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8 things to do in South Africa's Durban this festive season and beyond
With the holidays just around the corner I thought it appropriate to give readers a sense of what they could do in Durban that even Durbanites still do. Here are a few favourites when visiting this sunny east coast city, home to a large number of Tamils and other Indian descendants.
Nirvani Pillay
PR Manager & Lecturer
South Africa
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I spend less time visiting Durban than I did in my earlier days. It is the town I grew up in and moved away from in my early twenties to relocate to Johannesburg (an equally abundant and vibrant city to visit). I am excited to be visiting after two full years and to spend some quality festive time with my family.  Durban is located on the east coast of South Africa and is home to 1.5 million with Indian ancestory. Indenture is where it all began and the community is home to a mix of subcultures. South Indian Tamil heritage is by far the strongest in numbers and there is also a large community of North Indian descendants. There is social cohesion as English is the most widespread medium of communication. Preservation of cultures remains through religion and there is absolute religious tolerance as our country's constitution promotes this diversity. Many of us still have strong roots in Durban even though we may have moved outside the city (or country) for economic development. Durban is also home to the Zulu monarchy and tribe. It really is a melting pot of cultures and everyone can agree that the unifier in Durban is it's curry - no matter where we go in the world we always want that Durban curry braised with a special mix of masalas which give it a distinctive deep reddish-brown colour. The heat is like no other: both to our palates and the humid tropical climate of Durban. 


Number 1: Eat a bunny chow


There are no cuddly bunnies involved in the making of this chow. Derived as a way to eat on-the-go for labourers by a Gujarati (bhania) take-away, this hollowed out bread is filled with a rich gravy meat or vegetarian curry. Generally eaten with your fingers it is a great introduction to the South Indian inspired spicy cuisines in Durban. Also sold are rich fish curries made with tamarind (pulee), all varieties of breyani (South African’s have adapted the spelling of biriyani) and payasam (vermicelli and sago milk pudding served with papad and usually served as a sweet offering for Hindu prayers). No Tamil wedding is complete without vegetable breyani, brinjal braised dhal (also known as wedding dhal), carrot salad and soji (cream of wheat halwa also known as wedding soji) for dessert.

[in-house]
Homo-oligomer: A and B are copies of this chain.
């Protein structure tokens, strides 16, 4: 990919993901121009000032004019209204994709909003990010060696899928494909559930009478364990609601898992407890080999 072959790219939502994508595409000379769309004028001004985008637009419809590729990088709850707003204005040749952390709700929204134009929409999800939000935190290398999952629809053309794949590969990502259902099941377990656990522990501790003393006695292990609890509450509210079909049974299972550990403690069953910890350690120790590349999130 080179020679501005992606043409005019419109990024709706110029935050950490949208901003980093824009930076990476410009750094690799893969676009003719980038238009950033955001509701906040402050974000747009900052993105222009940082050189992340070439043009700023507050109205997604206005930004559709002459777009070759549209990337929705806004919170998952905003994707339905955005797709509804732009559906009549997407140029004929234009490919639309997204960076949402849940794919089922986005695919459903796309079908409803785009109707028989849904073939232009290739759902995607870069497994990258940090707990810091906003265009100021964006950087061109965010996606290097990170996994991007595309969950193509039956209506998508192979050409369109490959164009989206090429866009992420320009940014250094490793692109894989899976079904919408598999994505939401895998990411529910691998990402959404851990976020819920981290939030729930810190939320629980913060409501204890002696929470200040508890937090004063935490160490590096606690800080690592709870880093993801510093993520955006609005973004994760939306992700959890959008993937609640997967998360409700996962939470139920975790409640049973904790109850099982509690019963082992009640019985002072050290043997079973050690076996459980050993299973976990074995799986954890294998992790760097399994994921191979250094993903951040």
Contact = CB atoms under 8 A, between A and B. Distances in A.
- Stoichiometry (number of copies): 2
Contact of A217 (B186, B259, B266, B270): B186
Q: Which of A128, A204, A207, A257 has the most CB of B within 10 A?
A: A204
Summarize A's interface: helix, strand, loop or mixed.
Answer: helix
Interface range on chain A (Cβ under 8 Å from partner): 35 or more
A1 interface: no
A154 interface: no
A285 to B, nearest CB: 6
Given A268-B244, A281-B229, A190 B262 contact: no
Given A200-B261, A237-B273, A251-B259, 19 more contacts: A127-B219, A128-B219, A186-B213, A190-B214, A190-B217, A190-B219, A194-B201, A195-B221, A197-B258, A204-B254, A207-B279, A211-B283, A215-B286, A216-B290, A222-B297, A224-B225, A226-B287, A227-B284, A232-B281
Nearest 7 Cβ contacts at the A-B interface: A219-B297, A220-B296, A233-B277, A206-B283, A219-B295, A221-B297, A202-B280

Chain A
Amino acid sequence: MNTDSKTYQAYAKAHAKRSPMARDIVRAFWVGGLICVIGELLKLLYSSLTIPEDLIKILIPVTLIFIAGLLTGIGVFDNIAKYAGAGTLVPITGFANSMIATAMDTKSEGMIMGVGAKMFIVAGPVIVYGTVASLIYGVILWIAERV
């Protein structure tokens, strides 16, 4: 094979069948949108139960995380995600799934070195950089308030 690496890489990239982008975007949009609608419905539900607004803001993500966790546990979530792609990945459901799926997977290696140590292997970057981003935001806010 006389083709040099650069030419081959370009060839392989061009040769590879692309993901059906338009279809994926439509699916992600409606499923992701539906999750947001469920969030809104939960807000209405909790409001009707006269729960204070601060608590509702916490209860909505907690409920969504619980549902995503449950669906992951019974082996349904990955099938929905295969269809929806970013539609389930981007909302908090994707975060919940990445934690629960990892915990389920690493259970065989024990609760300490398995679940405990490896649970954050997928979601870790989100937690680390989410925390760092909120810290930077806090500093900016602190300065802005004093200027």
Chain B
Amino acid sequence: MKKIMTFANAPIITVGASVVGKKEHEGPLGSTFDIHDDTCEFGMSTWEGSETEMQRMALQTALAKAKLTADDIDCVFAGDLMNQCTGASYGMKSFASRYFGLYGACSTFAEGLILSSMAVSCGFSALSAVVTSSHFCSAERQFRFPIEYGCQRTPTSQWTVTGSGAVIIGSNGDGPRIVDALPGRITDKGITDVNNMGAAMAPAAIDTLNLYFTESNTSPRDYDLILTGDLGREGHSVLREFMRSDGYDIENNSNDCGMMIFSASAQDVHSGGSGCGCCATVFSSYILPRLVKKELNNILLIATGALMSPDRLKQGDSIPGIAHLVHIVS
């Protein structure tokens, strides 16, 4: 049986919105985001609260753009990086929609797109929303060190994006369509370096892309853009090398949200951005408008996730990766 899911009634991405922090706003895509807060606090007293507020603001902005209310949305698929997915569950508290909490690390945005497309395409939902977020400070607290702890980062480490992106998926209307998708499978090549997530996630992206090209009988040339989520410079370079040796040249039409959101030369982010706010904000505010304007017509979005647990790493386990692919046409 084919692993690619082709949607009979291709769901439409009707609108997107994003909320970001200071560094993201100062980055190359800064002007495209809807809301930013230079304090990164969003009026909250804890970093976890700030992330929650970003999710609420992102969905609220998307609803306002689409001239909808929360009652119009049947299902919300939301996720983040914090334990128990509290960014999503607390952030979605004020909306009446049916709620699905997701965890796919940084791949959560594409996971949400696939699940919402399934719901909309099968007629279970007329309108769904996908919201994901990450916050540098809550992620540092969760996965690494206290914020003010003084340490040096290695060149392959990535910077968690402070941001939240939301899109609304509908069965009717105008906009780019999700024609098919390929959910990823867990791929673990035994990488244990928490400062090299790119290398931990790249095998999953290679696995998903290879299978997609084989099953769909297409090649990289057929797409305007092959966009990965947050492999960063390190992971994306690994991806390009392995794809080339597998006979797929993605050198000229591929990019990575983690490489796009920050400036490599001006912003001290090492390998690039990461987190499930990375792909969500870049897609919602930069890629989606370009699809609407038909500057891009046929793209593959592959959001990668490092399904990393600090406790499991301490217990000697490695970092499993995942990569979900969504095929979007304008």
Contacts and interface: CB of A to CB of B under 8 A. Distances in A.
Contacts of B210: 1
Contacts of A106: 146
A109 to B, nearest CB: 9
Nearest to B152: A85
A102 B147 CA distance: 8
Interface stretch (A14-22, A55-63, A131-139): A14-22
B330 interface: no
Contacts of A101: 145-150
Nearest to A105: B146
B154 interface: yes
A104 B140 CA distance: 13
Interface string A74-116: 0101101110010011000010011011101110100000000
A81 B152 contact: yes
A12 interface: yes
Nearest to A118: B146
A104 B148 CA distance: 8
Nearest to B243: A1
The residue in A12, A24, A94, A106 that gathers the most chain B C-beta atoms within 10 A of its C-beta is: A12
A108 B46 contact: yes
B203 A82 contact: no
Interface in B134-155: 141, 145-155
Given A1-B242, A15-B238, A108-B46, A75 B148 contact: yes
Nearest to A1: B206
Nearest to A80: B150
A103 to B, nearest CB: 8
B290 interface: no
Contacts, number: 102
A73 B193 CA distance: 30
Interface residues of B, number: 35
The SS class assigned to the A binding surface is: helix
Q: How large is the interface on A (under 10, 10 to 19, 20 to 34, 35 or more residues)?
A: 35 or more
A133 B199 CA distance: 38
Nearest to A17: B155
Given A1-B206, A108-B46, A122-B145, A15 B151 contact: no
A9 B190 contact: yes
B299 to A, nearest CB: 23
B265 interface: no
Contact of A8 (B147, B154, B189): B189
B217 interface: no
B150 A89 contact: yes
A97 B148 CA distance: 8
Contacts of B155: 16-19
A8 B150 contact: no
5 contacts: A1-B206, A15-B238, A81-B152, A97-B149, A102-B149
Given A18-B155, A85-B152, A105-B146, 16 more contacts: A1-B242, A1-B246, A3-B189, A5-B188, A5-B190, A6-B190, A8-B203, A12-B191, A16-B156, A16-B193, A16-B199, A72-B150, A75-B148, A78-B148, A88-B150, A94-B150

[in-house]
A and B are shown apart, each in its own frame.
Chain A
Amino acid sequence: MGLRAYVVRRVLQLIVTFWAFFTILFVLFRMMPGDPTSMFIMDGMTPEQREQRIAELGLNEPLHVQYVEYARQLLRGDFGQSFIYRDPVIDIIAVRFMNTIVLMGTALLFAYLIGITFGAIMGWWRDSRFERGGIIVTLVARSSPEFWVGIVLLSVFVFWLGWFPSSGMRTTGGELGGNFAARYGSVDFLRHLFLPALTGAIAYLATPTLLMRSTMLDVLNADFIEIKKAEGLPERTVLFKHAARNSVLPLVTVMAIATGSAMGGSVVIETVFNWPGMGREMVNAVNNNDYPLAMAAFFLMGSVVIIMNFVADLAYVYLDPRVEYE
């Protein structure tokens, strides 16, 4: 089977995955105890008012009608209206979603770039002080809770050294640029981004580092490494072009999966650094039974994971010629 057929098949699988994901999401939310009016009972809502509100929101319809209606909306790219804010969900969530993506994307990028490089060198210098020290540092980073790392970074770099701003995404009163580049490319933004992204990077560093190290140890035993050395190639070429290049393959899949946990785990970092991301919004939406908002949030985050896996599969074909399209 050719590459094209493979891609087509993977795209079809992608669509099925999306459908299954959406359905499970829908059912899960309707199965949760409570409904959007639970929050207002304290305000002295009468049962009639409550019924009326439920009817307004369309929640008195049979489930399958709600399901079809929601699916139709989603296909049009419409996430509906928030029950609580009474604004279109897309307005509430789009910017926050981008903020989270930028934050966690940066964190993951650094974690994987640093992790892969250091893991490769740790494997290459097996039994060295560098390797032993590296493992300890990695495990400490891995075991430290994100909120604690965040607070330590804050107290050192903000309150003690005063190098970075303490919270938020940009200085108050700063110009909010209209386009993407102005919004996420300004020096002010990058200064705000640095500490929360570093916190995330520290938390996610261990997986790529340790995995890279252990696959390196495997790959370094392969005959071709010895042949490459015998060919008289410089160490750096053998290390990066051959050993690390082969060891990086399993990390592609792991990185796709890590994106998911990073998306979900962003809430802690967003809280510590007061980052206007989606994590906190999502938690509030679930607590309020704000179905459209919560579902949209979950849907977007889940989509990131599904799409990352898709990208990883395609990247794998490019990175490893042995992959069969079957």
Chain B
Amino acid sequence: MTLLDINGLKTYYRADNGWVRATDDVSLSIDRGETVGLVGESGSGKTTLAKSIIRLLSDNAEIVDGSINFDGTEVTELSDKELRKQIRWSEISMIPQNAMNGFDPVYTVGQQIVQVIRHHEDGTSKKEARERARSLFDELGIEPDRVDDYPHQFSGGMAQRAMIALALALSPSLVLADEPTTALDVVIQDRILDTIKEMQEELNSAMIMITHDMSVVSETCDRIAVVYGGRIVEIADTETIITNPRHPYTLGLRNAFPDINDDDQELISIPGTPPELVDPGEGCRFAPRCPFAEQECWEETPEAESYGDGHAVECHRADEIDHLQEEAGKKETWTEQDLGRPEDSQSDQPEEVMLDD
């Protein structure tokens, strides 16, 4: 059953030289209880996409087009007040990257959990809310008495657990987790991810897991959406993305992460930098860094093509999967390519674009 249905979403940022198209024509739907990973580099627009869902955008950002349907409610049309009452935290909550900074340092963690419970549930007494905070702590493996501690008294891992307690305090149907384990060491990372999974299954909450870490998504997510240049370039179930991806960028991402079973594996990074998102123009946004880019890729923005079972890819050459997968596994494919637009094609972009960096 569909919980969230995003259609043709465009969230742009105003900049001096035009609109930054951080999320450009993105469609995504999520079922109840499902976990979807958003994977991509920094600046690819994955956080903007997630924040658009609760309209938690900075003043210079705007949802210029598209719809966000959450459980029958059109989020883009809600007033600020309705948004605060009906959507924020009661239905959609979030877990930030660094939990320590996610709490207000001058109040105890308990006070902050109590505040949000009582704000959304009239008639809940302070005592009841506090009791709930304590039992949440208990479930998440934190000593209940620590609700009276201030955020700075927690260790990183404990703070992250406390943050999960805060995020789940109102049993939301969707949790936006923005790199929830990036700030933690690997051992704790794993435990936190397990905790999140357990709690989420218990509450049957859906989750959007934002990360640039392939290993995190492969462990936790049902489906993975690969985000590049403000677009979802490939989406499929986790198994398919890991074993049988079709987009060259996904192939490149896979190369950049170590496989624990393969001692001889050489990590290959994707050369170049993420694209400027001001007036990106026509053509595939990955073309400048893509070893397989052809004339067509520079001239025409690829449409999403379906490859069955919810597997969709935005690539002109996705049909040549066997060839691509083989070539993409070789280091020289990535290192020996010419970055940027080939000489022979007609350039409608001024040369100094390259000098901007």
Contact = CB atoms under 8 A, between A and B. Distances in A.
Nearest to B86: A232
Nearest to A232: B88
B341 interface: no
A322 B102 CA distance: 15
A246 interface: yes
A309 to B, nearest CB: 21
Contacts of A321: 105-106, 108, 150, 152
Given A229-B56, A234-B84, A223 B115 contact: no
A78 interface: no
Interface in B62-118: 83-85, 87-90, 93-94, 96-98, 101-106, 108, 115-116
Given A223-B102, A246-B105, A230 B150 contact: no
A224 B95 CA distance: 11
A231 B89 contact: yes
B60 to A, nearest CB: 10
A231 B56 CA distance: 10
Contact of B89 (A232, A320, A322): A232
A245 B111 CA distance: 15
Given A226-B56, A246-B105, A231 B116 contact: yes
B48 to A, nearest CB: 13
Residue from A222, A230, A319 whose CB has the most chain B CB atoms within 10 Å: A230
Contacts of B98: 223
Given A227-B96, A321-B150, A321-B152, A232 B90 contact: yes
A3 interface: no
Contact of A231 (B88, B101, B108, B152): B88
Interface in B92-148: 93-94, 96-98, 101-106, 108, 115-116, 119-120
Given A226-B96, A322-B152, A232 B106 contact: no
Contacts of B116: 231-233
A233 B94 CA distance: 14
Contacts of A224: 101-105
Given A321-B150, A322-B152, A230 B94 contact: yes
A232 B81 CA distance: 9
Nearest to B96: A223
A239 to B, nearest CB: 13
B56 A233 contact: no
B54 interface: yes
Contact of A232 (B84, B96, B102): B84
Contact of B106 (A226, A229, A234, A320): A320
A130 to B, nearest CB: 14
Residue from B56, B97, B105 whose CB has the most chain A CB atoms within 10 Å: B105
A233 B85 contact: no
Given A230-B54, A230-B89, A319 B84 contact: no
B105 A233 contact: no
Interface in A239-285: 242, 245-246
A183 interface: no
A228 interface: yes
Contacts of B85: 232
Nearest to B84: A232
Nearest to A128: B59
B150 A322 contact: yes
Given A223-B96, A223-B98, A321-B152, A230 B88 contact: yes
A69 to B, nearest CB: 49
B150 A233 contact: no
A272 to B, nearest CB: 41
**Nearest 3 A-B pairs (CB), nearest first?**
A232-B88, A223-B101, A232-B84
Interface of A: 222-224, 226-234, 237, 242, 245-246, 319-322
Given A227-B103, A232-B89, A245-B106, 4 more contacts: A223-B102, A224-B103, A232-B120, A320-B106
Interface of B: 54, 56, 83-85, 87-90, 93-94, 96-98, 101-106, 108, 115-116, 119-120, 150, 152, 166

Number 2: Visit the 1860 Heritage Centre in Durban 


Curated by Selvan Naidoo this museum is a tribute to the indentured labourers of India that arrived on the shores of Natal primarily to work on sugar cane plantations. The centre walks you through the history to the present day lives of South Africans of Indian ancestory.

Number 3: Enjoy samoosas, vedas and spicy pineapples at the Blue Lagoon beach

More in your food journey as you treat yourself to the humble samoosa (not samosa in South Africa) filled with potato curry or cheese & sweetcorn or the local delicacy is tinned fish. Lazy Sundays are spent walking the shores of Durban's beaches and soaking in the cultural delights.


Number 4:  Make an offering to the Divine Mother at the MariAmman Temple in Mount Edgecombe

Devotees of Adi ParaShakti in South Africa is as a result of a large number of Hindus (over 500 000). There are many temples across the country and Durban has the largest population in South Africa.


Number 5: Visit the uShaka Marine World

Africa’s largest aquarium opened in 2004 and is both educational and fun for the whole family with rides, activities and a host of dining options.


Number 6: Walk across the Moses Mabida stadium bridge

Build for the world cup in 2010 this stadium now offers visitors an opportunity to get a bird’s eye view of the city.


Number 7: Take a boat ride from Durban's harbour

A great way to appreciate the biggest port on the African continent followed by lunch on at the wharf.


Number 8: Shop at Bangladesh Market

Durban staples can be found here from fresh indian vegetables to homewares, fish and offals (something that our forefathers started preparing and is now a delicacy for most Durbanites). This is the place to go for those special idli pots or mooruku making devices. 



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Created By
Nirvani Pillay
PR Manager & Lecturer | Freelancer
South Africa
I am a fourth generation South African with Tamil heritage. I work as a PR manager for ...
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